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3 Big Things Today, September 6

Wheat Futures Decline Overnight; McConnell Says Farm Bill Failure ‘Not an Option’

1. Wheat Futures Slightly Lower, Corn, Beans Little Changed

Wheat was slightly lower in overnight trading amid concerns about global competition after Russia said earlier this week that it wouldn’t curb exports.

The country’s government said it didn’t see a need for limitations on shipments after weeks of speculation by traders and analysts that it would impose some sort of restriction after drought curbed its wheat crop.

The U.S. Department of Agriculture said in a report last month that it expects Russian wheat output to fall to 68 million metric tons this year from almost 85 million last year. Exports are pegged at 35 million metric tons, down from 42 million a year earlier.

Still, news that Argentina will put export taxes on shipments of agricultural products has been underpinning not only wheat but also corn and soybeans. President Mauricio Macri said in a televised speech earlier this week that the government will implement an export tax of 4 pesos per dollar on exports of agricultural products.

Wheat for December delivery fell 2¢ to $5.19¾ a bushel overnight on the Chicago Board of Trade. Kansas City futures declined 2¾¢ to $5.25¼ a bushel.

Corn futures were down ½¢ to $3.64¾ a bushel overnight.

Soybeans for November delivery rose ½¢ to $8.38½ a bushel in Chicago. Soymeal added 80¢ to $310.50 a short ton, and soy oil rose 0.1¢ to 28.46¢ a pound.


2. Failure Not an Option,’ McConnell Says on First Day of Farm Bill Committee Meetings

Lawmakers from across the U.S. expressed their desire for a strong farm bill on Wednesday, the first day of meetings for the conference committee.

Senate Majority Leader Mitch McConnell said that “failure is not an option” and that legislators need to get a farm bill into law before the end of the month. The conference committee, which is composed of nine senators and 47 congress members, will try to hammer out differences between the House and Senate versions of the new farm bill. The current version expires at the end of September.

The House passed its version of a farm bill in June by a narrow 213-211 vote with no Democrats approving. The sticking point is a work requirement for adults who receive food stamps that raises the age to 59.

The Senate version of the bill doesn’t impose any additional restrictions on SNAP recipients.

President Trump, who favors the House version, tweeted that the committee should pass a farm bill with work requirements for SNAP (Supplemental Nutrition Assistance Programs) recipients.

Iowa Sen. Joni Ernst, the chair of the Senate Agriculture, Nutrition and Forestry Subcommittee for Rural Development and Energy, said in opening remarks that completion of the Farm Bill is a must.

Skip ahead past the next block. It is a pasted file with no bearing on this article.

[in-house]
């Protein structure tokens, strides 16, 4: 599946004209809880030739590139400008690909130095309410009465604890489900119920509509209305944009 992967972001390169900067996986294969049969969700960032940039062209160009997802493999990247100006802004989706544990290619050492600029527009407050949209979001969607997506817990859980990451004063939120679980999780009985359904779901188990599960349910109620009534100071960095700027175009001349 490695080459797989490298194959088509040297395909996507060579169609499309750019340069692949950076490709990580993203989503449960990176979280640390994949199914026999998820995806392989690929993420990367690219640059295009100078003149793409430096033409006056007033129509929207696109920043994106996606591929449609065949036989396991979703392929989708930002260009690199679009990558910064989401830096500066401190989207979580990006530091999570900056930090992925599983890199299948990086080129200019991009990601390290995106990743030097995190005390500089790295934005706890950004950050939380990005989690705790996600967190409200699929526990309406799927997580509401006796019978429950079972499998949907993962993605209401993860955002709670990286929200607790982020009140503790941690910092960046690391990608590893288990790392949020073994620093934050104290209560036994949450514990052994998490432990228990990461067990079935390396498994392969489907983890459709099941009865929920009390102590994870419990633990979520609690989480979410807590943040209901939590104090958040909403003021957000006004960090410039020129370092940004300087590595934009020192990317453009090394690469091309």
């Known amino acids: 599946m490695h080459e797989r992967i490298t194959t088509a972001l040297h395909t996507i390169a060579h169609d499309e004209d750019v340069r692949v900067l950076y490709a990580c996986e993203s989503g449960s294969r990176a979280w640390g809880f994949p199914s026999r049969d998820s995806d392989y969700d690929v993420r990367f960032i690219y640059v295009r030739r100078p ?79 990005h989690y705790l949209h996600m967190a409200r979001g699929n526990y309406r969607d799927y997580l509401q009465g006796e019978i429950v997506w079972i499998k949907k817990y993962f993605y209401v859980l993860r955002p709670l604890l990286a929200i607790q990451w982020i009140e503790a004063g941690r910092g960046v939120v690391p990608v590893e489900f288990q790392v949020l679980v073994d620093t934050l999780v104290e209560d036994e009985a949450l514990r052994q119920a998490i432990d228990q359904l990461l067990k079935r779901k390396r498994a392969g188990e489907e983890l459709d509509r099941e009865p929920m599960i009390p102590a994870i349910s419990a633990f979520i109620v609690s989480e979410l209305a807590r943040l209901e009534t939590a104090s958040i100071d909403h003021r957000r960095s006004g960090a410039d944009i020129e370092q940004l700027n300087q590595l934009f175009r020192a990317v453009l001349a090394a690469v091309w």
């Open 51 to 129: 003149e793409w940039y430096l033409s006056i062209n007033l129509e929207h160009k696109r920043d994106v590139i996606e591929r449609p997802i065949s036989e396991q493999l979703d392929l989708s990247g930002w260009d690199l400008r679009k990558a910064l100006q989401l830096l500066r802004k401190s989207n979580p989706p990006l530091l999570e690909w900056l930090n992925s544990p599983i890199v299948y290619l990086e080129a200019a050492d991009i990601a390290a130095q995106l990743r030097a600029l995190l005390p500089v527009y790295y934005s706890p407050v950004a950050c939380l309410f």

“A farm bill can’t walk beans, a farm bill can’t change the forecast, and a farm bill can’t restore lost market access, but what it can do is provide our farmers with the tools to navigate this stretch of declining farm income, low commodity prices, and a very turbulent trade climate,” she said.

Sen. Heidi Heitkamp from North Dakota, the ranking member on the ag committee, said in a statement that farmers in her state are “hurting” as the ongoing and potentially escalating trade war between the U.S. and China is hurting prices and “throwing a wrench of uncertainty” as harvest nears.

She said in a tweet she’s encouraged that the House Agriculture Committee chairman was willing to make concessions on the House bill.

Indeed, House Ag Committee Chair Mike Conaway from Texas submitted a farm bill proposal in which he said has “significant compromises” on the SNAP requirements.

The committee has until September 30 to come up with a new farm bill.  


3. Heavy Rain, Flooding Expected as Tropical Depression Gordon Heads North

Heavy rain and flooding will continue for several days after Tropical Depression Gordon makes its way north from the Gulf of Mexico, according to the National Weather Service.

“The threat for heavy to excessive rains and flooding will continue for parts of the south and (the) mid-Mississippi Valley for the next several days,” the NWS said in a report early Thursday morning. “Tropical Depression Gordon will continue to weaken as it moves into Arkansas, while a front will stall across the saturated Midwest. The combination of the two with tropical moisture will yield significant flood concerns.”

Meanwhile, much of Missouri is under flood watches and warnings as rain falls in several parts of the Show Me State.

Rainfall heavier than originally forecast likely will cause rivers and streams to rise beyond their banks, the NWS said. Flash flood watches are also in effect for much of the state.

Showers are expected today and then again from Friday through Saturday evening. As much as 6 inches of precipitation is expected, which will lead to flooding of low-water crossings, low-lying fields, and other areas prone to standing water, the NWS said.

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